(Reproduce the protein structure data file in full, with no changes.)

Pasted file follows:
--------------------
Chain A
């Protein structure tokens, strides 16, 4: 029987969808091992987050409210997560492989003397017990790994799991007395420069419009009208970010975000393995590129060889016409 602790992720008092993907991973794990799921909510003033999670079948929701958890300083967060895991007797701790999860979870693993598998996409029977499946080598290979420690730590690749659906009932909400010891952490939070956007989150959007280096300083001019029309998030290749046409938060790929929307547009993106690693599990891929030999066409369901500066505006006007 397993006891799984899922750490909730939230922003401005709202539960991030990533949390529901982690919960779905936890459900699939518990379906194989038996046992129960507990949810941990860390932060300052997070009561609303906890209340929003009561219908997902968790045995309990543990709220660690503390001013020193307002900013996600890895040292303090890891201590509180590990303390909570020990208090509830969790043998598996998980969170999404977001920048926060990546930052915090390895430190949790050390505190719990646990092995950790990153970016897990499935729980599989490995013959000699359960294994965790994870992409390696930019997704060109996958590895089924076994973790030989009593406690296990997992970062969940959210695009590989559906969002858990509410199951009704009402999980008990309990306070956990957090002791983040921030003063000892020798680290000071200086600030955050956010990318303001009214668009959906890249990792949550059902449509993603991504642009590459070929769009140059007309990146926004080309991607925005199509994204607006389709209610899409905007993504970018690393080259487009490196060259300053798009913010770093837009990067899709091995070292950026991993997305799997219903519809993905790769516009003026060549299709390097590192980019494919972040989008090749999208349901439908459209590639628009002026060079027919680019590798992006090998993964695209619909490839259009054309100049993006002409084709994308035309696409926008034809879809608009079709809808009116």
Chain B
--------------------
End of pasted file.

Chain A
């Protein structure tokens, strides 16, 4: 029987969808091992987050409210997560492989003397017990790994799991007395420069419009009208970010975000393995590129060889016409 602790992720008092993907991973794990799921909510003033999670079948929701958890300083967060895991007797701790999860979870693993598998996409029977499946080598290979420690730590690749659906009932909400010891952490939070956007989150959007280096300083001019029309998030290749046409938060790929929307547009993106690693599990891929030999066409369901500066505006006007 397993006891799984899922750490909730939230922003401005709202539960991030990533949390529901982690919960779905936890459900699939518990379906194989038996046992129960507990949810941990860390932060300052997070009561609303906890209340929003009561219908997902968790045995309990543990709220660690503390001013020193307002900013996600890895040292303090890891201590509180590990303390909570020990208090509830969790043998598996998980969170999404977001920048926060990546930052915090390895430190949790050390505190719990646990092995950790990153970016897990499935729980599989490995013959000699359960294994965790994870992409390696930019997704060109996958590895089924076994973790030989009593406690296990997992970062969940959210695009590989559906969002858990509410199951009704009402999980008990309990306070956990957090002791983040921030003063000892020798680290000071200086600030955050956010990318303001009214668009959906890249990792949550059902449509993603991504642009590459070929769009140059007309990146926004080309991607925005199509994204607006389709209610899409905007993504970018690393080259487009490196060259300053798009913010770093837009990067899709091995070292950026991993997305799997219903519809993905790769516009003026060549299709390097590192980019494919972040989008090749999208349901439908459209590639628009002026060079027919680019590798992006090998993964695209619909490839259009054309100049993006002409084709994308035309696409926008034809879809608009079709809808009116």
Chain B